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Directors Overcoming Bad Compensation Standards

November 02, 2015 3:11 PM | Theresa Boyce (Administrator)

By CEO Trustee Don Springer, President and CEO of The Colton Group, Inc.

Is ISS, and other governance watchdogs, leading us to mediocrity and sub-par shareholder returns? 

Speaking at a recent NACD North Texas event, Marc Hodak, noted compensation advisor, teacher at NYU Stern School of Business, and CEO Trust member, promised we would hear something we had never heard and he completely fulfilled that promise.

Co-sponsored by CEO Trust and UT Dallas’ Institute for Excellence in Board Governance, the well attended event provided board directors an opportunity to hear the latest compensation research set in a context of expert and candid advice.

Marc organized extensive research in the field by asking and answering the following questions:

  • What is the value of equity to managers?
  • What is the value of management equity to investors?
  • What to do about “underwater options”?
  • How should incentives be awarded?

The research findings for each were startling, especially in the context of most board room compensation discussions today.  Boards predominantly “benchmark” their compensation plans asking questions about their peers and ISS guidelines rather than asking key questions about how a plan would truly motivate revenue growth and cost improvements over the shareholders’ investment horizon.

Among the findings, companies with uncapped bonuses significantly outperform their industry peers and no research study has contradicted this.  On the other end of the “incentive curve”, thresholds have stimulated extreme behavior to cross the line at best and scandals like Enron and WorldCom at worst.  Additional research findings contradicted the standard practices of “non-performance” pay, handling underwater options, budget-based management incentive plans, and others.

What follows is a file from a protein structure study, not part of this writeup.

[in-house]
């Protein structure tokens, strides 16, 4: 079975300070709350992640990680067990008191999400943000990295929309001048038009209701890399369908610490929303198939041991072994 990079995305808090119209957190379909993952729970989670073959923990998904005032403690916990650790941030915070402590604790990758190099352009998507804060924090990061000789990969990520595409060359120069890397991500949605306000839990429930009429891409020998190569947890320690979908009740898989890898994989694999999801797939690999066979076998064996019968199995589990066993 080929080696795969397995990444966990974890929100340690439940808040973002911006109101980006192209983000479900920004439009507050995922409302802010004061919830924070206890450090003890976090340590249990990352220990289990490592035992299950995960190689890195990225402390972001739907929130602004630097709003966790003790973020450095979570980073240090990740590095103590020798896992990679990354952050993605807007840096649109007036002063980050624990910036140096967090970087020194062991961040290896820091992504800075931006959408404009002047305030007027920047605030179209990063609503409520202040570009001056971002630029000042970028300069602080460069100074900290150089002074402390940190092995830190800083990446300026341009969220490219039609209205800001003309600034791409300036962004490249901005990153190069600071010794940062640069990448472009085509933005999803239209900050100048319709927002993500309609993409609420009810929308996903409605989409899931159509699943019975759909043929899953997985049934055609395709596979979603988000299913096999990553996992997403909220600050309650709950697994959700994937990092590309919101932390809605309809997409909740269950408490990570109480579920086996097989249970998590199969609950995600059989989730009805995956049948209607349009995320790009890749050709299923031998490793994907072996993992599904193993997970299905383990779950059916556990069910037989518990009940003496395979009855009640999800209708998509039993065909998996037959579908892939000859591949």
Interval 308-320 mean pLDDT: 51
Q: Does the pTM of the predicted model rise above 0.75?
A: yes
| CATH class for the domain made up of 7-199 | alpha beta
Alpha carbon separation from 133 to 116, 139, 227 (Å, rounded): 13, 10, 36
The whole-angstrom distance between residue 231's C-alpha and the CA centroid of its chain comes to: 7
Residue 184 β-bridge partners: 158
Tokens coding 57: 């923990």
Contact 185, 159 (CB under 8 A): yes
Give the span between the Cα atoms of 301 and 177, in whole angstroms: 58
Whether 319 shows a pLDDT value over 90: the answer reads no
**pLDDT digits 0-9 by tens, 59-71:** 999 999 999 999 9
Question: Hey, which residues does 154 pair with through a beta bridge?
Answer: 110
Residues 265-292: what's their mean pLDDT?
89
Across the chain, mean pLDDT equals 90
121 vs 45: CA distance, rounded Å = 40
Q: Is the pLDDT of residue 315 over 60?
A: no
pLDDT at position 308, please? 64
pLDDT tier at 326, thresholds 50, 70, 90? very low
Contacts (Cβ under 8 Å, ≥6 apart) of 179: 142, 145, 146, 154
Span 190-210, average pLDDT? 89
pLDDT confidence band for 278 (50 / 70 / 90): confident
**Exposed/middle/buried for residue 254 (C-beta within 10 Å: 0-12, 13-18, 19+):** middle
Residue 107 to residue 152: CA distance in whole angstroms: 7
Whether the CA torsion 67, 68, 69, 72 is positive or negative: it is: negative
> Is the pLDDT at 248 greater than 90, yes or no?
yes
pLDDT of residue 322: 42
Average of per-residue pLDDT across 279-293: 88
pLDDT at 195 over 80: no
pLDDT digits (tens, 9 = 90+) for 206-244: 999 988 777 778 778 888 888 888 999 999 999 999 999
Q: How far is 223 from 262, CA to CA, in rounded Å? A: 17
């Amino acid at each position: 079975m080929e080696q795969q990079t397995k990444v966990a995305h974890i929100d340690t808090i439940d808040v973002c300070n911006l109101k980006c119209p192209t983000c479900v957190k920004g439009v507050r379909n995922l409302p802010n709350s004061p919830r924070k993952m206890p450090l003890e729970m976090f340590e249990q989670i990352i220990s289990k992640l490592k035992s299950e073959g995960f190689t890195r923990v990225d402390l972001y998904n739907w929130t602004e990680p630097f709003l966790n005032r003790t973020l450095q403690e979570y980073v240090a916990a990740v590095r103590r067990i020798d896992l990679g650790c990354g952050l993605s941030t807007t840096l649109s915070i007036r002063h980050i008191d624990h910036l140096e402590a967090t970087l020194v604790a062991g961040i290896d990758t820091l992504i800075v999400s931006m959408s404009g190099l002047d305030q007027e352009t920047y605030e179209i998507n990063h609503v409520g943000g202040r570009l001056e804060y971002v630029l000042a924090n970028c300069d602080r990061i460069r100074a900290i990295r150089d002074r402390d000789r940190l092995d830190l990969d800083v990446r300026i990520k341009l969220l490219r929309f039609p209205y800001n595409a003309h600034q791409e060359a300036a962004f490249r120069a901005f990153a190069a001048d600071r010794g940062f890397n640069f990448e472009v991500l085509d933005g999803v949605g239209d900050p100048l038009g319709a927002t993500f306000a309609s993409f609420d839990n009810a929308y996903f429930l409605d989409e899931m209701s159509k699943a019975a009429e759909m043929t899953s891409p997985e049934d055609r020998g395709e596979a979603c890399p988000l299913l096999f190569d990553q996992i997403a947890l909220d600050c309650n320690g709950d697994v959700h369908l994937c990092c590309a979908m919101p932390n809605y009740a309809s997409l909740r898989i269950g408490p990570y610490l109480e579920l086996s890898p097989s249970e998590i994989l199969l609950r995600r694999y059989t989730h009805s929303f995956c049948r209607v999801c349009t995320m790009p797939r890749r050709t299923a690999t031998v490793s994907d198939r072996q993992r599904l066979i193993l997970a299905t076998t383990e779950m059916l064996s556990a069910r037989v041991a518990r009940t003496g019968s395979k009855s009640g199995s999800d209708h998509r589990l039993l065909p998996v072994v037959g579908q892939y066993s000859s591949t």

Once the empirical data was established, Marc continued by providing a general framework for compensation plans that do, in fact, increase shareholder value and properly incentivize management, as well as the entire workforce.  They hinge on single metrics such as net income, earnings, or EVA, and support longevity to reinforce profit building behavior.

Marc has elsewhere written, “In a world where every dollar denied to management is thought to be a dollar more in the shareholders’ pockets, the accumulated public company compensation requirements and standards make perfect sense.  But in the real world, where costs must be intelligently traded off with retention risk and alignment, SEC requirements and ISS standards get in the way of well-intentioned boards.” 

Focusing on standards at the exclusion of research data and market dynamics can lead to unproductive compensation plans.  Marc also candidly added that focusing on proxy approval can create continuing engagements with many compensation consultants as the standards ebb and flow. 

As directors in attendance, we recognized a need for incentives that truly promise rewards to drive behavior for the benefit of the shareholders.  Now armed with new information, we will be wary of an advisor who merely monitors an ISS checklist for proxy support.  Instead, we will prefer a research based compensation advisor to help guide the development of a value based plan.